PESHAWAR: Fearing hostilities in the provincial capital the women’s rights activists here opted to join Aurat March in Islamabad, leaving the field open for the anti-march supporters of Jamiat Ulema-i-Islam-F -- that had threatened to disrupt the march by force -- and Jamaat-i-Islami.
While streets remained empty of marchers, some of the civil society organisations observed the International Women’s Day indoors. A number of organisations working for women rights, including the Women Democratic Front (WDF), organised a seminar titled “Peace and the Pakhtun women” at the Peshawar Press Club.
As the city’s leading men and women activists, both social and political, dedicated the day to women polio workers killed for waging a valiant campaign against the debilitating disease despite threats and attacks from militants, JUI-F and JI supporters gathered outside the press club to hold what they called “Haya March” – modesty march – as part of their plan for the International Women’s Day.
“The environment in Peshawar was hostile towards marchers,” said Saima Munir, a rights activist.
“In view of threats we had to change our strategy and took out a rally on Saturday evening [instead of Sunday, the International Women’s Day, when the Aurat March was originally planned for]. We decided to go join the marchers in Islamabad.”
Join Aurat March in Islamabad
The two events brought into a sharp relief the deep-seated biases and polarisation over the question of women rights. Women participants at the ‘Haya March’ held up placards advocating purdah, while those inside the press club demanded an end to the “fake war” in the land of Pakhtuns that had displaced millions, vitiating an already deplorable situation of women rights and exposing rights activists to harm.
“The society can only be free if its women are free,” said a participant at the seminar.
The state and the media should stop propaganda meant to suppress women voices so the rights of women in Khyber Pakhtunkhwa can be ensured and their exploitation stopped.” Among the attendants were WDF’s Mumtaz Tajik, Awami National Party’s Professor Sarfaraz, Pakhtun Tahafuz Movement’s Kamran Khan, Awami Worker’s Party GS Mulka Khan, Kandi Waak Tehrik’s Shahab Khattak and others.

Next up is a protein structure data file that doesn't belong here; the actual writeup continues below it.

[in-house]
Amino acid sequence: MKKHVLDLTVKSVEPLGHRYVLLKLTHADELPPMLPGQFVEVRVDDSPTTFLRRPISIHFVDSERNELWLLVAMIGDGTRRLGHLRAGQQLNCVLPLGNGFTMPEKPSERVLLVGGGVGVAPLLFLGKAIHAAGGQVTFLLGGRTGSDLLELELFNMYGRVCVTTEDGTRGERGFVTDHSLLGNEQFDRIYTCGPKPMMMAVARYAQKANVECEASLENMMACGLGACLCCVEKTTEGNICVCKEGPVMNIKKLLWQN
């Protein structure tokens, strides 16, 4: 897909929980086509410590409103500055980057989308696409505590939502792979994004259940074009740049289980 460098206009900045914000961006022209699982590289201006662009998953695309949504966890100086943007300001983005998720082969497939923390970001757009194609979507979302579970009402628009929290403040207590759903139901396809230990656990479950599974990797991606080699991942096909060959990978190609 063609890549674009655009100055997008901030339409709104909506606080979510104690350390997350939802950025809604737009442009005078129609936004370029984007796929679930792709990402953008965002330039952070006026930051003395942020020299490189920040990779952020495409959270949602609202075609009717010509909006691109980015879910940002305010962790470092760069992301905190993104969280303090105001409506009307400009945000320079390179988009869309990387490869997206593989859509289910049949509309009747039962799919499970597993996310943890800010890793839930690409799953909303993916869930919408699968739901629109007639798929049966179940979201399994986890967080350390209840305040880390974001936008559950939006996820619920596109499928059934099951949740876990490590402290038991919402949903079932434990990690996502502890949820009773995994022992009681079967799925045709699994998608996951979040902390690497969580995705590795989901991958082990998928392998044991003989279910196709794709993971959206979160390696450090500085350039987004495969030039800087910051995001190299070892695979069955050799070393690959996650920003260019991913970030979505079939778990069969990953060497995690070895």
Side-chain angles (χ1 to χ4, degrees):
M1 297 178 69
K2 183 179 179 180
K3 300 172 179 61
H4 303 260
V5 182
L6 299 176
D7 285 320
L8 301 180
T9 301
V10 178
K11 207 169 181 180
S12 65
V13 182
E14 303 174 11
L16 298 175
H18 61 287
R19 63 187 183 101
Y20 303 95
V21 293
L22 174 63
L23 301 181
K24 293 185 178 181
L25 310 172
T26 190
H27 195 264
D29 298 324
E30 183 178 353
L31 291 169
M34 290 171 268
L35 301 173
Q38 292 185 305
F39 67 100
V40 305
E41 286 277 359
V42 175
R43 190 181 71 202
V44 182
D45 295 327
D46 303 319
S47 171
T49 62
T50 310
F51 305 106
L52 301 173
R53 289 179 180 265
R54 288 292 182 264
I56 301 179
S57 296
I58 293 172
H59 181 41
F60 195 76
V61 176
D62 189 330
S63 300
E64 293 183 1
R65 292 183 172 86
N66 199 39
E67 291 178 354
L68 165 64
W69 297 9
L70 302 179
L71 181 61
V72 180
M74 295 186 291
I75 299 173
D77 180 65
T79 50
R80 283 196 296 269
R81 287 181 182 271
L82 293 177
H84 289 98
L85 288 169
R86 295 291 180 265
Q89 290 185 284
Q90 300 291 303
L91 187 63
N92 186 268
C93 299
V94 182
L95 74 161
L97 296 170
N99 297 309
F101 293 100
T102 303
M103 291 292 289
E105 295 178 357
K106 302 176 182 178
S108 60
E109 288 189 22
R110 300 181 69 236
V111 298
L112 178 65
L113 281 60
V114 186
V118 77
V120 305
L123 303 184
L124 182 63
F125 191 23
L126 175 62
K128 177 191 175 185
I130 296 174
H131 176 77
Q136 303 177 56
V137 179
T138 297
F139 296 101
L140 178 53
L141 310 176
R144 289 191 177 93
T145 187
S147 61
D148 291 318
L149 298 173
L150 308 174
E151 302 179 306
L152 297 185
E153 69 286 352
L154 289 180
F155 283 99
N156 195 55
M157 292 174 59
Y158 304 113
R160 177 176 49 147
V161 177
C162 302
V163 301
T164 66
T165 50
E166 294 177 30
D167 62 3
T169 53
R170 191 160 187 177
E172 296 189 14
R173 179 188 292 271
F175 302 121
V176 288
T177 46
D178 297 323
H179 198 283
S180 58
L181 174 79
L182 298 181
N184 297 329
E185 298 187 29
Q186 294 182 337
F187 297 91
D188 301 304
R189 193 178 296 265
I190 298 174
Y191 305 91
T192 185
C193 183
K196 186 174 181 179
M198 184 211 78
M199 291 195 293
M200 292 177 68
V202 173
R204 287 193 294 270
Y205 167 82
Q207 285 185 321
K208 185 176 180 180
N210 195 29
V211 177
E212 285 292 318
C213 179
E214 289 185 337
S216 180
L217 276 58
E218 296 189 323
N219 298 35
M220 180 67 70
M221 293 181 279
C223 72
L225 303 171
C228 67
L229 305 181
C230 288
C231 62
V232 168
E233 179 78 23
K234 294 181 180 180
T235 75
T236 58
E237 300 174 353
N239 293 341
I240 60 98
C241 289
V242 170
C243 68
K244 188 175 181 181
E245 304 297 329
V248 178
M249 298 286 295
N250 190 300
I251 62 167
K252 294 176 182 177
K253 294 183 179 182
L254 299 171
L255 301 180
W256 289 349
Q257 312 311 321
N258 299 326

At the ‘Haya March’ outside the press club, participants said a “modest woman” was a source of pride for parents, a “valued asset” for the husband and a role model for her children and family.
“The provocative slogans of Aurat March are an insult to women,” said a speaker on the occasion. “We won’t let non-government organisations raise such slogans because women are given complete rights in Islam.”
Among the participants at the ‘Haya March’ were the JUI-F emir Maulana Abdul Rauf, provincial secretary for information Abdul Jalil Jan and women wing leader Rihaana Ismail.
Meanwhile, JI had organised its own “Sanctity of women march” in the city, where participants said that the solution to women’s problems was not in hollow slogans but in recourse to a life of modesty in the light of religious injunctions.
“More than 75 per cent women in Pakistan are not literate,” said JI emir for KP, Senator Mushtaq Ahmad.
“The liberal parties and the government are responsible for this sad state of affairs. The foreign-funded NGOs and women rights groups should ask the government for rights instead of promoting western culture and agenda.”
He said the NGOs were trying to promote western culture in our society. He said JI would fight for the rights of women in Pakistan and would block western culture at any cost.
Mazdoor Kissan Party organised seminar in Charsadda in connection with the International Women’s Day. Speaking on the occasion the party provincial convener, Aisha Israr, said that women had revolted against colonial powers in 1857. She said the party would play lead role to safeguard fundamental rights of women.
Published in Dawn, March 9th, 2020